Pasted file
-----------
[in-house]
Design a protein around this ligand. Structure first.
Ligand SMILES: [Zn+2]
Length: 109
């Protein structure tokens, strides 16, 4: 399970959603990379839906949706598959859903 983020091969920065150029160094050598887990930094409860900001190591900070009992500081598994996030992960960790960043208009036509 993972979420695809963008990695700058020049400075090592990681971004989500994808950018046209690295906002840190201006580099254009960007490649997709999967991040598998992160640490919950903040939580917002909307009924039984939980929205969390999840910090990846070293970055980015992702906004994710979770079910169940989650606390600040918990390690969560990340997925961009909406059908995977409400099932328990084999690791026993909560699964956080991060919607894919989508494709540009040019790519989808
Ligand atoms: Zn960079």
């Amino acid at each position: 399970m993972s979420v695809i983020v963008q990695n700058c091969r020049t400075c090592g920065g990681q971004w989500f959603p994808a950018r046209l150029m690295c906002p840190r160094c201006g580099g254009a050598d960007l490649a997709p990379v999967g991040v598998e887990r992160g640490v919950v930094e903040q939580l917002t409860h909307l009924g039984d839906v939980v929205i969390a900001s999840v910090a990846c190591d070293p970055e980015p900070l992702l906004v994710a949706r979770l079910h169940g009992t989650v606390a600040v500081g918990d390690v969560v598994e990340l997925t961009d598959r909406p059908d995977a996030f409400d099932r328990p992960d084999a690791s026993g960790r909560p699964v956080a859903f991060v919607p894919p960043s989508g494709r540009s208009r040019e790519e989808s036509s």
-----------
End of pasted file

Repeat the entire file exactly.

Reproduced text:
[in-house]
Design a protein around this ligand. Structure first.
Ligand SMILES: [Zn+2]
Length: 109
């Protein structure tokens, strides 16, 4: 399970959603990379839906949706598959859903 983020091969920065150029160094050598887990930094409860900001190591900070009992500081598994996030992960960790960043208009036509 993972979420695809963008990695700058020049400075090592990681971004989500994808950018046209690295906002840190201006580099254009960007490649997709999967991040598998992160640490919950903040939580917002909307009924039984939980929205969390999840910090990846070293970055980015992702906004994710979770079910169940989650606390600040918990390690969560990340997925961009909406059908995977409400099932328990084999690791026993909560699964956080991060919607894919989508494709540009040019790519989808
Ligand atoms: Zn960079």
């Amino acid at each position: 399970m993972s979420v695809i983020v963008q990695n700058c091969r020049t400075c090592g920065g990681q971004w989500f959603p994808a950018r046209l150029m690295c906002p840190r160094c201006g580099g254009a050598d960007l490649a997709p990379v999967g991040v598998e887990r992160g640490v919950v930094e903040q939580l917002t409860h909307l009924g039984d839906v939980v929205i969390a900001s999840v910090a990846c190591d070293p970055e980015p900070l992702l906004v994710a949706r979770l079910h169940g009992t989650v606390a600040v500081g918990d390690v969560v598994e990340l997925t961009d598959r909406p059908d995977a996030f409400d099932r328990p992960d084999a690791s026993g960790r909560p699964v956080a859903f991060v919607p894919p960043s989508g494709r540009s208009r040019e790519e989808s036509s």